Our need for arable land increases. We are being inventive and reduce the need for land per person but our population keeps on growing. The following chart shows how much arable land there is available per person. It is decreasing.
Europe is aware of the issue that crops cultivation brings. Pesticides and other toxic products are sprayed on the plants to improve yields but they are a threat for the surrounding animals.
However, driven mainly by human activities, species are currently being lost 100 to 1,000 times faster than the natural rate; in the EU, only 17% of habitats and species and 11% of key ecosystems protected under EU legislation are in a favourable state.
Those products are not used for livestock.
If we move away from reliance on animals as our food, we will eventually cause them extinct. This is already happening now as we want to protect our food from wild animals and take up their space. By not relying on food from domesticated animals, we can and will get rid of them by taking up the land they are now occupying.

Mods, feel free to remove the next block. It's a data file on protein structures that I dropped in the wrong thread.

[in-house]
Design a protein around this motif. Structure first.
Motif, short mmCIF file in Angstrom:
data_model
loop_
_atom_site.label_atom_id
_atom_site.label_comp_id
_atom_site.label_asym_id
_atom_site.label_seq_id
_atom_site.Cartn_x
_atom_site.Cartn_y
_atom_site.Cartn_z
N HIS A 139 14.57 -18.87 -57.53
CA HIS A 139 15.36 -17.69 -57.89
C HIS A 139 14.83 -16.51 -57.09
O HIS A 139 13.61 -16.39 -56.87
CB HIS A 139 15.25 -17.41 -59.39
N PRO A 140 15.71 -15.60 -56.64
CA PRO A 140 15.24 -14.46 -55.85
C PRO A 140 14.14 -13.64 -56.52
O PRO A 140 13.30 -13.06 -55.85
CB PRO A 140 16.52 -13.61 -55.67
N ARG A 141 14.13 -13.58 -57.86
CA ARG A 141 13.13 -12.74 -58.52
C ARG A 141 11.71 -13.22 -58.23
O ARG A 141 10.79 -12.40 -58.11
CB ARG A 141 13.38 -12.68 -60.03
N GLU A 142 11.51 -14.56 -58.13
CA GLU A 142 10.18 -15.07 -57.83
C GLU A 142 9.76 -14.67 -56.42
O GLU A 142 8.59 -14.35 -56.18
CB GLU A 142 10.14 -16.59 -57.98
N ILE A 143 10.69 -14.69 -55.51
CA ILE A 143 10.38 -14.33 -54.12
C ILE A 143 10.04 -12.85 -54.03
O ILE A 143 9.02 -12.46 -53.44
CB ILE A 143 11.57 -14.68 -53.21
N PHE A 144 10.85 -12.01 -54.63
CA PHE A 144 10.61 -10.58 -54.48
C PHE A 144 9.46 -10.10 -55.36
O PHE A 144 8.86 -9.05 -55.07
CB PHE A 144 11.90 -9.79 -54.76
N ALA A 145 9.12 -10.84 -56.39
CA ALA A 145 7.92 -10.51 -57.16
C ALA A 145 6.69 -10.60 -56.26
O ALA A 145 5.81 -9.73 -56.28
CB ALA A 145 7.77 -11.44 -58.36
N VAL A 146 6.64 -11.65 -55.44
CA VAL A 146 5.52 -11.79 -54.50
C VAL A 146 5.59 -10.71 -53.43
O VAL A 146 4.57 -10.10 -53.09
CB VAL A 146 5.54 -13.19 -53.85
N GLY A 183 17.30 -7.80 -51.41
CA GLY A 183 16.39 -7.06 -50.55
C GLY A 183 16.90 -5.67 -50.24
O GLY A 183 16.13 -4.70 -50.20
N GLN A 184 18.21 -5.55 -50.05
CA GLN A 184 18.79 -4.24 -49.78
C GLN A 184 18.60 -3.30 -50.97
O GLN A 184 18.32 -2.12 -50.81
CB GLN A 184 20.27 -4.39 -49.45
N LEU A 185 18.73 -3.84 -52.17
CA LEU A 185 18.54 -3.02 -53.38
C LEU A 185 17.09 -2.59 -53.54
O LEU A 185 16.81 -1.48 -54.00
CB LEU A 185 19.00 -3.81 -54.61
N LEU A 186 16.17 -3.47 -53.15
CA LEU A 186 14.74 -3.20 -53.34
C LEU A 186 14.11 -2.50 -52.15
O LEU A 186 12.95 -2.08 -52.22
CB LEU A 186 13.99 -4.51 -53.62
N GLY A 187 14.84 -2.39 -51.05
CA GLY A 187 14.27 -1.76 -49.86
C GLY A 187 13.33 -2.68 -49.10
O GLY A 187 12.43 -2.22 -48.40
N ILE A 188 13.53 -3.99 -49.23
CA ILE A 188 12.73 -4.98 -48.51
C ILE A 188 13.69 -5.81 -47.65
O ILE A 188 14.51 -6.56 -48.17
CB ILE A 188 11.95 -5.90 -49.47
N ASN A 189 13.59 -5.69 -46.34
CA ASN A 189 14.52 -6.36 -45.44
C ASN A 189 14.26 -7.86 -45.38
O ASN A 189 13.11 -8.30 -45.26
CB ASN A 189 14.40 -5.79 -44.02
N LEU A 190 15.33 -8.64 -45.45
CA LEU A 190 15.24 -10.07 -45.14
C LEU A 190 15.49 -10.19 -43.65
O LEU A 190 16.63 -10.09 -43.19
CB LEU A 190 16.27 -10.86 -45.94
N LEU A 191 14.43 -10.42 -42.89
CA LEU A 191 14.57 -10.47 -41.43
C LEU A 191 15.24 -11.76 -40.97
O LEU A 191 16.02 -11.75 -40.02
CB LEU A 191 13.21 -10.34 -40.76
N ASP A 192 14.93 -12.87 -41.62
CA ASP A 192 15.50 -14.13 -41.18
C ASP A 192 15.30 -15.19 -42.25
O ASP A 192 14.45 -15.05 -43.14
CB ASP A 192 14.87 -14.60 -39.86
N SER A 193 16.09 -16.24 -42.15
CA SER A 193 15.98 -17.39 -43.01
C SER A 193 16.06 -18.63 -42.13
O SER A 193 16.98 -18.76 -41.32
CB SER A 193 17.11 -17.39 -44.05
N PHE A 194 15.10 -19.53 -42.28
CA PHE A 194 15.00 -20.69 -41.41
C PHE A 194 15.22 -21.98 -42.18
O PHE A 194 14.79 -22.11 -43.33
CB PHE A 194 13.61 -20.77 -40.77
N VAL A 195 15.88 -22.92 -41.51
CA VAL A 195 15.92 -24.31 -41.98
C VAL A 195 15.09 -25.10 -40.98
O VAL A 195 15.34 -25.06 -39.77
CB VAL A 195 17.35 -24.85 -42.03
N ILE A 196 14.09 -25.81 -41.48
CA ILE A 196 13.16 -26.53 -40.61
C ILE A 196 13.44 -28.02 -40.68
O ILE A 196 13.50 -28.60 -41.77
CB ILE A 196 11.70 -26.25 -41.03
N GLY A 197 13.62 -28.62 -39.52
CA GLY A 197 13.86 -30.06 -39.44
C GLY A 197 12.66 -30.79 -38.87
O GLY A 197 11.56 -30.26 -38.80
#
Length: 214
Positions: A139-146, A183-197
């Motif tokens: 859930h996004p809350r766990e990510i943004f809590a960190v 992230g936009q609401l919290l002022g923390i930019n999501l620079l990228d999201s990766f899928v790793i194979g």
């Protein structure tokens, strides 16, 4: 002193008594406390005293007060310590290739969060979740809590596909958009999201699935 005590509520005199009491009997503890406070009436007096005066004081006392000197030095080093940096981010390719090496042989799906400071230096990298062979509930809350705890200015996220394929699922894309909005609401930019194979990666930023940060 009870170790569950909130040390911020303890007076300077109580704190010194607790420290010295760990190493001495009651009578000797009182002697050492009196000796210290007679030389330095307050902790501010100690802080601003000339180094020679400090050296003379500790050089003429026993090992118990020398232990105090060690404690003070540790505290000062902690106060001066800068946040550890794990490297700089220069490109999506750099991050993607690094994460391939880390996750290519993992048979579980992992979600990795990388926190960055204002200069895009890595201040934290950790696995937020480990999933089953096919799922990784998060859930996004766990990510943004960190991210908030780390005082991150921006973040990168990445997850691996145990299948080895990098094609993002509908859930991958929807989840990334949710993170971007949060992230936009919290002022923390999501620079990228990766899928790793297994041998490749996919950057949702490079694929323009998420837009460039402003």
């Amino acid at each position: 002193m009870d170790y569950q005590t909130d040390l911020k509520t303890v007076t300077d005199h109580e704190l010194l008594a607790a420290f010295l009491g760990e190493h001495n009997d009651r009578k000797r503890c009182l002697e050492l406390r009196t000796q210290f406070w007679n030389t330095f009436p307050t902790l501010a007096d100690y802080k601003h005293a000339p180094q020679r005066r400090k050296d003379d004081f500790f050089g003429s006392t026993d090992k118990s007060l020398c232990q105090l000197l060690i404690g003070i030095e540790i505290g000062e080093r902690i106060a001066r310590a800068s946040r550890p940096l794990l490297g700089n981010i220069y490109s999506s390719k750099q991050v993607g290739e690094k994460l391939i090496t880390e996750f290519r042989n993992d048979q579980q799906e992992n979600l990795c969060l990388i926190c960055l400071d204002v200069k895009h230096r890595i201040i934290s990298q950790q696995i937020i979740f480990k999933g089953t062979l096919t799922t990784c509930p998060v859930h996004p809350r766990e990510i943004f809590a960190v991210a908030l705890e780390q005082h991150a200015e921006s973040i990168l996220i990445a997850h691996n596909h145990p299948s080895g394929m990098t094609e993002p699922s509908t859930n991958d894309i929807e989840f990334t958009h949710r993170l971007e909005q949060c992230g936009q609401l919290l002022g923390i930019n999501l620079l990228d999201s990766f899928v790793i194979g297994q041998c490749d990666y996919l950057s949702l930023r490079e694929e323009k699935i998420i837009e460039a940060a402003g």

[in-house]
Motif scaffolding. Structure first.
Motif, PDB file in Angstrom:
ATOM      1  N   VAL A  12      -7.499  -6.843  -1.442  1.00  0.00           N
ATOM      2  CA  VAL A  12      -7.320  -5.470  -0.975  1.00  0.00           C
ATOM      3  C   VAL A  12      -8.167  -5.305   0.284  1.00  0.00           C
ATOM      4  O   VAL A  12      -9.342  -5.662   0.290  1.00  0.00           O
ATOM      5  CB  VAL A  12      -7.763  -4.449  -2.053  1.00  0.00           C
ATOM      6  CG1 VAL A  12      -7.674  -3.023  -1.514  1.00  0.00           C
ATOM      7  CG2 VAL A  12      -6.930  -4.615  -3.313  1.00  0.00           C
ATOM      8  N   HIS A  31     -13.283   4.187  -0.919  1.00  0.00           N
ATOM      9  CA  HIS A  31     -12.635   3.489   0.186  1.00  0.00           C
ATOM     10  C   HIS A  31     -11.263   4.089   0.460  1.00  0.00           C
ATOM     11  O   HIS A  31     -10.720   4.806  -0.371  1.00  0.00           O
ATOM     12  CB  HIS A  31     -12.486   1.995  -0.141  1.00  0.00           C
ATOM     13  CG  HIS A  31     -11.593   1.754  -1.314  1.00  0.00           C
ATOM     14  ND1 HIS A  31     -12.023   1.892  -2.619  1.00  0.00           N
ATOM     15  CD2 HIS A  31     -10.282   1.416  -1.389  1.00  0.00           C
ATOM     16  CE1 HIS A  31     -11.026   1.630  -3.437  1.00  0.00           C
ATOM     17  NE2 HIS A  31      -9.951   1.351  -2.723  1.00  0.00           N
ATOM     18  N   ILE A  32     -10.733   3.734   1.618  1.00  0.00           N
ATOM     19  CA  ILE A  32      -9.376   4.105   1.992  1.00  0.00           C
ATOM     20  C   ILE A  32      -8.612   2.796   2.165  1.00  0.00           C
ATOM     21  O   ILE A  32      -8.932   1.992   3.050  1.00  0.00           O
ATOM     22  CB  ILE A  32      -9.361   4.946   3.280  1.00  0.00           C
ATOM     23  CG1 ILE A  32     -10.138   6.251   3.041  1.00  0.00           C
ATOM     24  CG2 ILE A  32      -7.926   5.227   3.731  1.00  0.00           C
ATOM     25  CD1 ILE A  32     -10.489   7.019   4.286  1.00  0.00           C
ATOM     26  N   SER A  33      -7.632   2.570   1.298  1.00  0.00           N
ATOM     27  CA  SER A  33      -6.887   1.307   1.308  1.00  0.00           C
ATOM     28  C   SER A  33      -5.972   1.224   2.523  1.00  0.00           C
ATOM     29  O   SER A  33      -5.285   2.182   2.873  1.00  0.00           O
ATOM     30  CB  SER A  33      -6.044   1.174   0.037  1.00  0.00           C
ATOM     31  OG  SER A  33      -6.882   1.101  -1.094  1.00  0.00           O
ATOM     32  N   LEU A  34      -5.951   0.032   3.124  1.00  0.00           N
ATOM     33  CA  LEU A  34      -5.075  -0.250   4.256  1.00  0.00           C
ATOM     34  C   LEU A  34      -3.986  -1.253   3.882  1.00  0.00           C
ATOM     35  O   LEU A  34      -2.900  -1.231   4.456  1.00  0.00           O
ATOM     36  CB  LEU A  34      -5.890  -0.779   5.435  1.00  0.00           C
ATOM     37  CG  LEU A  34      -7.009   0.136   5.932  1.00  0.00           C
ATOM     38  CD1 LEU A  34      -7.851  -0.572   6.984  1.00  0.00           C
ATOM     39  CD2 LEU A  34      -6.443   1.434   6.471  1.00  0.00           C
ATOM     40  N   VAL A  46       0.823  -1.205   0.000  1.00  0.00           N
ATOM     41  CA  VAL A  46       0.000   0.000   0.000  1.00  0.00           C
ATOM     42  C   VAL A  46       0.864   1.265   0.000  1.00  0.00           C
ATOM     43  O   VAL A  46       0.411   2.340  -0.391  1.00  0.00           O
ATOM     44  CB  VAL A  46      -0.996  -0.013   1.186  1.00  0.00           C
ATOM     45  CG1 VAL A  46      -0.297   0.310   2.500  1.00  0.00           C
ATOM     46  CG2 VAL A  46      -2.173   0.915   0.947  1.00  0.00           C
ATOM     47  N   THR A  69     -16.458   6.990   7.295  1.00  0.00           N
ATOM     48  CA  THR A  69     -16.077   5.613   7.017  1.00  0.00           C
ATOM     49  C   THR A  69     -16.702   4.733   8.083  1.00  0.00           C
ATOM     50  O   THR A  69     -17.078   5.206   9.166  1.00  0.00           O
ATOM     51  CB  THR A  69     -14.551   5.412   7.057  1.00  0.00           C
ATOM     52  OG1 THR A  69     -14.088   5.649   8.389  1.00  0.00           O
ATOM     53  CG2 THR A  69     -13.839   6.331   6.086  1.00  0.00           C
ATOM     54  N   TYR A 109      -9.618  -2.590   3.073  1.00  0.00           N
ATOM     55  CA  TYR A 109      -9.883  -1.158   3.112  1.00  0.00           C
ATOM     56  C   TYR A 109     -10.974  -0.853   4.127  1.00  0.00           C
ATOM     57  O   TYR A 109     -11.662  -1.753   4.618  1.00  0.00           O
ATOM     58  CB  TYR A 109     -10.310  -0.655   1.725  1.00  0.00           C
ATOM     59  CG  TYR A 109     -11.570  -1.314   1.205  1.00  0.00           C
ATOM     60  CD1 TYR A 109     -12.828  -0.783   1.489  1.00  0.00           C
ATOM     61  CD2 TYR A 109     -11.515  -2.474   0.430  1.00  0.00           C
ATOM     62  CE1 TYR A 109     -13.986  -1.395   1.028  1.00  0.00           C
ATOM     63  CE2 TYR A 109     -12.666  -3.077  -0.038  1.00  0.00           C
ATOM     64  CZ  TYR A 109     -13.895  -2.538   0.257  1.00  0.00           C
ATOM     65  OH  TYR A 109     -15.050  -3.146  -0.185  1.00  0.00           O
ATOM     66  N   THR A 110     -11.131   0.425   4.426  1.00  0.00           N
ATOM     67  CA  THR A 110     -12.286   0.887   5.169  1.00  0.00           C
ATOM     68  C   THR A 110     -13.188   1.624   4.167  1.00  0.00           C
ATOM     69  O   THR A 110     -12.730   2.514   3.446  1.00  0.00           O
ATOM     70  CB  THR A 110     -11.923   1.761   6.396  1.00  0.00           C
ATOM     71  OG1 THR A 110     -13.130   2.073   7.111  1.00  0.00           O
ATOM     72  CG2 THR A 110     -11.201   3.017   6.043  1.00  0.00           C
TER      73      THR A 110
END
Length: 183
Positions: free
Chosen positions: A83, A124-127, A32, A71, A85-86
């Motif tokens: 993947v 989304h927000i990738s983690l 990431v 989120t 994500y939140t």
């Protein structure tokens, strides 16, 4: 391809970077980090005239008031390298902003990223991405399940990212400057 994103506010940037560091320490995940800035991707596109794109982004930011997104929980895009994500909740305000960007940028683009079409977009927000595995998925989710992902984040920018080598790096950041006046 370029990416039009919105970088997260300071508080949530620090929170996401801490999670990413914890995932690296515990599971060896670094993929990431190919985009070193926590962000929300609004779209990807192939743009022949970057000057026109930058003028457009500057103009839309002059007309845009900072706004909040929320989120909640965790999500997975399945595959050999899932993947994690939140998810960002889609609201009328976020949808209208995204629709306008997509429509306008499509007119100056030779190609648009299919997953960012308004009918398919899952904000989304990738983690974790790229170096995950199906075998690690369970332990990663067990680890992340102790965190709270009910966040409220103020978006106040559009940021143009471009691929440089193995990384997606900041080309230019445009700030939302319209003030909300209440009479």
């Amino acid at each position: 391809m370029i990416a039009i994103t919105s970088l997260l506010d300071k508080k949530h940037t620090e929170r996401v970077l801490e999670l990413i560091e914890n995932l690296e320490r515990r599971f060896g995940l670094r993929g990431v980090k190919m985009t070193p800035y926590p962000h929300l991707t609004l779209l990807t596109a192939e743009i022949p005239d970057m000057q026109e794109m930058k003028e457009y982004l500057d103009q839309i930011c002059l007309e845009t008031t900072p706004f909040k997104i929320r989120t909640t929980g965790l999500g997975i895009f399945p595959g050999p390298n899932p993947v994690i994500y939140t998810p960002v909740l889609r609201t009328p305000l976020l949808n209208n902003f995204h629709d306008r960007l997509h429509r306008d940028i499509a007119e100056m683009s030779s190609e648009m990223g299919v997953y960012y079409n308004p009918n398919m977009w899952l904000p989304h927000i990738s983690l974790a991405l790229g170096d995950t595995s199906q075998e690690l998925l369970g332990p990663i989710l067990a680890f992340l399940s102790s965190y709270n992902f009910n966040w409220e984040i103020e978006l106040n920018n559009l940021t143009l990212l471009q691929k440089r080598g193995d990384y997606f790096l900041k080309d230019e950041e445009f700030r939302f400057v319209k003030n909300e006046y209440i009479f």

We try different things like creating urban agriculture but this is done in the most expensive housing places. This approach is just another proof that we are pressed for available land.
We already started experimenting with this for our astronauts and now we moved to creating plant-based burgers, imitating meat.
This is the future we are moving to if our population keeps expanding and there is no sign of this changing.
Do we have a choice really? Probably not. Is it an issue? That depends on our level of knowledge. We all want to live and we want to live healthily. Whatever diet or solution you prefer, we are not there yet. Our population is sicker than ever because we don’t know how to proactively generate health. We are good at keeping you alive but not in a healthy way, not by fixing the root cause and restoring good health.
But perhaps our population question gets resolved by itself? https://www.renalandurologynews.com/home/news/urology/reproductive-medicine/vegetarian-diet-lowers-sperm-quality/